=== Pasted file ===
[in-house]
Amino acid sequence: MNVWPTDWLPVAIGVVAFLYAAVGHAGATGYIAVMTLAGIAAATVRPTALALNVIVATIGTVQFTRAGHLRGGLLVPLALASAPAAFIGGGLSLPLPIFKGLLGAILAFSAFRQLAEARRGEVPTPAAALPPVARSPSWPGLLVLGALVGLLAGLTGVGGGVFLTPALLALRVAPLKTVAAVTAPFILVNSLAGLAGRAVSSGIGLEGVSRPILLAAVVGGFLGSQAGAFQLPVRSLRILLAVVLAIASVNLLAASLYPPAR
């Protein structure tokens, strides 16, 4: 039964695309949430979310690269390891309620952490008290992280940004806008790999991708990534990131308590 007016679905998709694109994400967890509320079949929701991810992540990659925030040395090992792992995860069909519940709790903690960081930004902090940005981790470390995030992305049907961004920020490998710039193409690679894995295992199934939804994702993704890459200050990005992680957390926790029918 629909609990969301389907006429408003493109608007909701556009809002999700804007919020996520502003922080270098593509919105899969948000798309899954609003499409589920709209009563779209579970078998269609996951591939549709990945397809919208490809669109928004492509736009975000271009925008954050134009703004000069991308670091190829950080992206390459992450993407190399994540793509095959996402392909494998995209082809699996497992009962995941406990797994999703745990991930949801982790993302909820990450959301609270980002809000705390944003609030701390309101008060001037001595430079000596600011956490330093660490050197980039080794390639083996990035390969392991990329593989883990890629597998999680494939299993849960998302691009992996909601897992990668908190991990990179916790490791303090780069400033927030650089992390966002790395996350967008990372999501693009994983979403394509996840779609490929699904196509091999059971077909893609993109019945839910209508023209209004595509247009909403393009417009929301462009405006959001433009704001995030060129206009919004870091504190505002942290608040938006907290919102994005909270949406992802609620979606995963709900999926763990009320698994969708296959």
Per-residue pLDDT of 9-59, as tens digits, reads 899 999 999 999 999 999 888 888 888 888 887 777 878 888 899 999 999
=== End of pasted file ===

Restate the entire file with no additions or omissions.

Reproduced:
[in-house]
Amino acid sequence: MNVWPTDWLPVAIGVVAFLYAAVGHAGATGYIAVMTLAGIAAATVRPTALALNVIVATIGTVQFTRAGHLRGGLLVPLALASAPAAFIGGGLSLPLPIFKGLLGAILAFSAFRQLAEARRGEVPTPAAALPPVARSPSWPGLLVLGALVGLLAGLTGVGGGVFLTPALLALRVAPLKTVAAVTAPFILVNSLAGLAGRAVSSGIGLEGVSRPILLAAVVGGFLGSQAGAFQLPVRSLRILLAVVLAIASVNLLAASLYPPAR
């Protein structure tokens, strides 16, 4: 039964695309949430979310690269390891309620952490008290992280940004806008790999991708990534990131308590 007016679905998709694109994400967890509320079949929701991810992540990659925030040395090992792992995860069909519940709790903690960081930004902090940005981790470390995030992305049907961004920020490998710039193409690679894995295992199934939804994702993704890459200050990005992680957390926790029918 629909609990969301389907006429408003493109608007909701556009809002999700804007919020996520502003922080270098593509919105899969948000798309899954609003499409589920709209009563779209579970078998269609996951591939549709990945397809919208490809669109928004492509736009975000271009925008954050134009703004000069991308670091190829950080992206390459992450993407190399994540793509095959996402392909494998995209082809699996497992009962995941406990797994999703745990991930949801982790993302909820990450959301609270980002809000705390944003609030701390309101008060001037001595430079000596600011956490330093660490050197980039080794390639083996990035390969392991990329593989883990890629597998999680494939299993849960998302691009992996909601897992990668908190991990990179916790490791303090780069400033927030650089992390966002790395996350967008990372999501693009994983979403394509996840779609490929699904196509091999059971077909893609993109019945839910209508023209209004595509247009909403393009417009929301462009405006959001433009704001995030060129206009919004870091504190505002942290608040938006907290919102994005909270949406992802609620979606995963709900999926763990009320698994969708296959």
Per-residue pLDDT of 9-59, as tens digits, reads 899 999 999 999 999 999 888 888 888 888 887 777 878 888 899 999 999